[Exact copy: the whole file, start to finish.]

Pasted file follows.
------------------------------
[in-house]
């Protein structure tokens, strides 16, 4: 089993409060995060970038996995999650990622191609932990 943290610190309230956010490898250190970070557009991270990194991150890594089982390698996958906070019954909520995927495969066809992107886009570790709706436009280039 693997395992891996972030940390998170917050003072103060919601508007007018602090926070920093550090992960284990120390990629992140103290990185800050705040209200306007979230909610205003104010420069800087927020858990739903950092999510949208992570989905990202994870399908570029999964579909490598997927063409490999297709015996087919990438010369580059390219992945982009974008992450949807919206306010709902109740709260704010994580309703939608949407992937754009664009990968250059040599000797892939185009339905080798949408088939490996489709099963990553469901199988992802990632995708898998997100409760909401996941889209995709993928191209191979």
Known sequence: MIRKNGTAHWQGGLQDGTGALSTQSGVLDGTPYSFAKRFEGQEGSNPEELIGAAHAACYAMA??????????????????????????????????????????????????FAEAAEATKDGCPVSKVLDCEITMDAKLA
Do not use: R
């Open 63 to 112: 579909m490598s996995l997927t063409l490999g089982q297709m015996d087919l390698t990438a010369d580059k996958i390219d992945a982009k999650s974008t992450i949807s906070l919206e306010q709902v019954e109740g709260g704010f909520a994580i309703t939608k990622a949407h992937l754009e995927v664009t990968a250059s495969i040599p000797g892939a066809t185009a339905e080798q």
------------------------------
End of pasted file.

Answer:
[in-house]
């Protein structure tokens, strides 16, 4: 089993409060995060970038996995999650990622191609932990 943290610190309230956010490898250190970070557009991270990194991150890594089982390698996958906070019954909520995927495969066809992107886009570790709706436009280039 693997395992891996972030940390998170917050003072103060919601508007007018602090926070920093550090992960284990120390990629992140103290990185800050705040209200306007979230909610205003104010420069800087927020858990739903950092999510949208992570989905990202994870399908570029999964579909490598997927063409490999297709015996087919990438010369580059390219992945982009974008992450949807919206306010709902109740709260704010994580309703939608949407992937754009664009990968250059040599000797892939185009339905080798949408088939490996489709099963990553469901199988992802990632995708898998997100409760909401996941889209995709993928191209191979």
Known sequence: MIRKNGTAHWQGGLQDGTGALSTQSGVLDGTPYSFAKRFEGQEGSNPEELIGAAHAACYAMA??????????????????????????????????????????????????FAEAAEATKDGCPVSKVLDCEITMDAKLA
Do not use: R
């Open 63 to 112: 579909m490598s996995l997927t063409l490999g089982q297709m015996d087919l390698t990438a010369d580059k996958i390219d992945a982009k999650s974008t992450i949807s906070l919206e306010q709902v019954e109740g709260g704010f909520a994580i309703t939608k990622a949407h992937l754009e995927v664009t990968a250059s495969i040599p000797g892939a066809t185009a339905e080798q």